Never judge a book by its movie.

One of my personal rules is to always read the book before I see the movie adaptation. Of course, as a kid, I didn’t have such strict rules. The book/movies I’m talking about today were ones I saw first and read later.

The point of the post is really about how film adaptations never really do the books justice. These three examples, which I learned about while reading on Listverse, are instances where the authors were terribly unhappy with the movies based on their books.

It might seem like I’m contradicting myself with this first one, because just yesterday I was telling you how much I loved this movie:

But author Roald Dahl was very unhappy with the movie. It’s sad that something so iconic wasn’t a shining moment for the author.

I had no idea that The Neverending Story was a book, but it was one of the most amazing things I saw as a child.

Author Michael Ende despised the movie and spent a fortune in court costs trying to stop the production. I own this movie and I want my girls to see it. It meant a lot to me and my friends. I’m sure Ende wanted to touch the hearts of children more than anything, so maybe it worked out after all.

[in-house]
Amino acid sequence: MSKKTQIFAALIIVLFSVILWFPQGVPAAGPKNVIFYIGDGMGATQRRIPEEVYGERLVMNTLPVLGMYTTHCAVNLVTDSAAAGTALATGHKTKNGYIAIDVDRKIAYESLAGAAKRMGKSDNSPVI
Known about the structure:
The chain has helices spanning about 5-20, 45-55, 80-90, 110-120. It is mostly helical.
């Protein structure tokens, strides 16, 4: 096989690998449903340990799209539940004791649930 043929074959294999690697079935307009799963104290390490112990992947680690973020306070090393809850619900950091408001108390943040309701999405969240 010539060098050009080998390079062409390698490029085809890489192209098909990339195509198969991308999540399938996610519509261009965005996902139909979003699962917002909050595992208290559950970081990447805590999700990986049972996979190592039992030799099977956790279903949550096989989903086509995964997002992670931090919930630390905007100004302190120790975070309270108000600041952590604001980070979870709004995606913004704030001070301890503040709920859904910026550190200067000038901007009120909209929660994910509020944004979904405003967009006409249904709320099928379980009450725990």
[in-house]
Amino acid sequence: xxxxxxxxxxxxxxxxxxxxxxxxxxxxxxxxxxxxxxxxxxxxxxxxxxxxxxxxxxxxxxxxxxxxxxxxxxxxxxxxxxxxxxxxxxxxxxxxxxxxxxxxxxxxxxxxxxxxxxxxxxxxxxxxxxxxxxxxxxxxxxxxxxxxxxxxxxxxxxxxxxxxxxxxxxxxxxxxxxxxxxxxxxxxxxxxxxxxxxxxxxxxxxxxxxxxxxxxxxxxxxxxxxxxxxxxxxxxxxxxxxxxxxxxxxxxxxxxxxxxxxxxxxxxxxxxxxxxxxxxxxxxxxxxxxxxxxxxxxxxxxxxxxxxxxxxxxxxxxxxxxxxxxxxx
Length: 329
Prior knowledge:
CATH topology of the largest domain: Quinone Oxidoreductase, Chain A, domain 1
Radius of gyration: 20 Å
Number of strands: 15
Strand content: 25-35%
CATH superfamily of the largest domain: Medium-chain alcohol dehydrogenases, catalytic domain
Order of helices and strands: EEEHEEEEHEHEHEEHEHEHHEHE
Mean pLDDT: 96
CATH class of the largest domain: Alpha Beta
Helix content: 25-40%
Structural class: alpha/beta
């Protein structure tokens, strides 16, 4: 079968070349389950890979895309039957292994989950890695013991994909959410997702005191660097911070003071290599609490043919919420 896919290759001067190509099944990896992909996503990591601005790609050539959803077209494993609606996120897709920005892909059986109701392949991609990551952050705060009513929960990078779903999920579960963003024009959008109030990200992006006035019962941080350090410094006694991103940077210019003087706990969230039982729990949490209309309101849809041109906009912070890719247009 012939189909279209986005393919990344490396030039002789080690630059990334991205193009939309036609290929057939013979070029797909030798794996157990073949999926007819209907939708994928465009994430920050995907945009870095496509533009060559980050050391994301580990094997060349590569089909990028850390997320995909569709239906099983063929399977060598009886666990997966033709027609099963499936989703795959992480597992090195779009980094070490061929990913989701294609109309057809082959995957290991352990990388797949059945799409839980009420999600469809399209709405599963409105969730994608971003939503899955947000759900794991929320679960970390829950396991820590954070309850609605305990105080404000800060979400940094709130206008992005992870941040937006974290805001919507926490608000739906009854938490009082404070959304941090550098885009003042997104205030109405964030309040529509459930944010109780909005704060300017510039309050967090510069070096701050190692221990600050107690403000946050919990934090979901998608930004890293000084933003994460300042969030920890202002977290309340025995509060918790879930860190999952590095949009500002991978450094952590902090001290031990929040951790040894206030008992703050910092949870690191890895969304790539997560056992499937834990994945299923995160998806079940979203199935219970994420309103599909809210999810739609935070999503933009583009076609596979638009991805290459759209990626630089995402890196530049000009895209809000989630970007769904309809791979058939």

I have not read Mary Poppins yet. It’s on that 4-mile-long list of books to read that I keep. I have seen the movie though:

I enjoyed the story, and I love Julie Andrews, but P.L. Travers hated everything about it. I don’t want to seem like a hater, but it seems like Disney versions of anything are too cutesy and sweet, it’s not a stretch to see why Travers was so upset about the movie.

There are plenty of other instances where books have been turned into movies in a terrible way. I really dislike when actors are chosen who look nothing like the character is described, and I can’t deal with two minor characters being combined. Don’t change the ending either! Wow, this is becoming a rant. I guess the authors aren’t the only ones who feel strongly on this.


Leave a Reply

Fill in your details below or click an icon to log in: Logo

You are commenting using your account. Log Out /  Change )

Google+ photo

You are commenting using your Google+ account. Log Out /  Change )

Twitter picture

You are commenting using your Twitter account. Log Out /  Change )

Facebook photo

You are commenting using your Facebook account. Log Out /  Change )


Connecting to %s